Great Things I’ve Learned From Competing In Races As An Older Age-Grouper


Hi folks,

Competing in races can pull you along in the excitement, just don't take yourself too seriously.

Competing in races can pull you along in the excitement; just don't take yourself too seriously and have a good coach.

When it comes to safe exercise for better health, where does competing come in? Well! It can be introduced in many different ways, depending upon your goals and motivators. Some people like to work out just for the joy of the exercise, whilst others (including myself) are more goal oriented, using a race as the key milestone in their training. If you have no interest in competing with others, that does not mean that you don’t compete. You compete with yourself, just to get to the gym against all of those mental excuses. You can compete against the clock or load on a machine to assess your progress. One way or another you’ll be competing, because that is the nature of life.

Deb enjoying the Over The Mountain, point to point Olympic Distance triathlon. Remember to smile!

Deb enjoying the Over The Mountain, point-to-point Olympic Distance triathlon. Deb remembered to smile!

The real value of competition is that it will give you a sense of community. I certainly feel this when attending local road races or major triathlons. Just the general air of excitement and energy pull me along to ramp up my program and improve my skills and race times. The real trick to enjoying races it to take the sport seriously but don’t take yourself seriously.

Here are a number of lessons that I have learned from competing in local and national races:

  1. You’re never too old to compete.
  2. You meet the most inspiring people on the course.
  3. Your support crew is an important part of the race.
  4. It feels really good to finish.
  5. The author completes Lake Placid Ironman 2011 with the aid of his Cook Zenith stent graft.

    The author completes Lake Placid Ironman 2011 with the aid of his Cook Zenith stent graft.

    Because you have a health challenge, such as diabetes or an aortic aneurysm, you can stay in the race as long as you do it wisely and carefully – remember, you’re not dead yet!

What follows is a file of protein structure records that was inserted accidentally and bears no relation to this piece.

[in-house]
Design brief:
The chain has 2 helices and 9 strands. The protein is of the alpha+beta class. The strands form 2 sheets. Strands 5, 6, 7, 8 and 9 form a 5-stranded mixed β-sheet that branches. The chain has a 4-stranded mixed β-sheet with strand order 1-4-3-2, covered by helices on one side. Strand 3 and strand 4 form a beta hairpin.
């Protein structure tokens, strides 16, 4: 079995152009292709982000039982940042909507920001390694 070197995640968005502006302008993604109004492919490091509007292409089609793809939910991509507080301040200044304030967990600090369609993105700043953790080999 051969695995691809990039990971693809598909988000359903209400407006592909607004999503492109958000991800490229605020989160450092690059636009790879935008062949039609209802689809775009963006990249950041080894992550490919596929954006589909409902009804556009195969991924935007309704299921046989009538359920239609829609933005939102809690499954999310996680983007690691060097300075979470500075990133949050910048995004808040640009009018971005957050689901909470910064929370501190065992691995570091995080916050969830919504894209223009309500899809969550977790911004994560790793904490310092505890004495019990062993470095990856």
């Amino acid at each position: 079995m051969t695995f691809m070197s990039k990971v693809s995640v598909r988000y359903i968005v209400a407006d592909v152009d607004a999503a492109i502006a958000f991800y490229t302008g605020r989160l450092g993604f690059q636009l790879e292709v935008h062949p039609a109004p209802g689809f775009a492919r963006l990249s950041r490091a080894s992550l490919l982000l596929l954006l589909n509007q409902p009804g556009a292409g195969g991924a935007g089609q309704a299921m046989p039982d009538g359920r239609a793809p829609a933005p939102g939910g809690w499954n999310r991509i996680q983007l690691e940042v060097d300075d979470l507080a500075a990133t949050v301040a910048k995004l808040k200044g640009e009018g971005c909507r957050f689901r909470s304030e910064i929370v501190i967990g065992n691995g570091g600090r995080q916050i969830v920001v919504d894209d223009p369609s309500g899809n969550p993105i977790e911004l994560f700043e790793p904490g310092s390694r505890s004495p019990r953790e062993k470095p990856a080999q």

6. Race day is all about family, whether you’re at a local 3k or the Boston Marathon.
  7. The medals look good on your Christmas tree (Deb’s idea, not mine).
  8. Short races are more prone to induce injury if you let yourself get carried away.
  9. Some people love to talk about their race statistics.
  10. There are always surprises, and on the day you get what you get, so you better appreciate it.
  11. Don’t forget to go to the roll down meeting if you want to go to Hawaii.
  12. Stick to your race plan, because it is a really bad idea to make changes during the race.
  13. Try to slowly pick up your pace from start to finish.
  14. Don’t worry about what other people are doing, though you can use other people as a motivator to pull you along.
  15. Be nice to people.
  16. Don’t strain anything, as it is better to drop out, because a DNF (did not finish) is better than being out of commission for months; this is a judgement call that comes with experience.
  17. Remember to smile from time to time as you race.
  18. Pat yourself on the back when it is all over.

See the race as a tool that you use to improve your skills and sense of community.

-k @FitOldDog

Today’s workouts:

WorkoutPLAN Coach: Chris Hauth
Duration: 03:00:00
social, non focused preseason ride



  1. Smiling must be the hardest part.

  2. Nope! Once you start it gets to be easier and easier. -k

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Disclaimer: As a veterinarian, I do not provide medical advice for human animals. If you undertake or modify an exercise program, consult your medical advisors before doing so. Undertaking activities pursued by the author does not mean that he endorses your undertaking such activities, which is clearly your decision and responsibility. Be careful and sensible, please.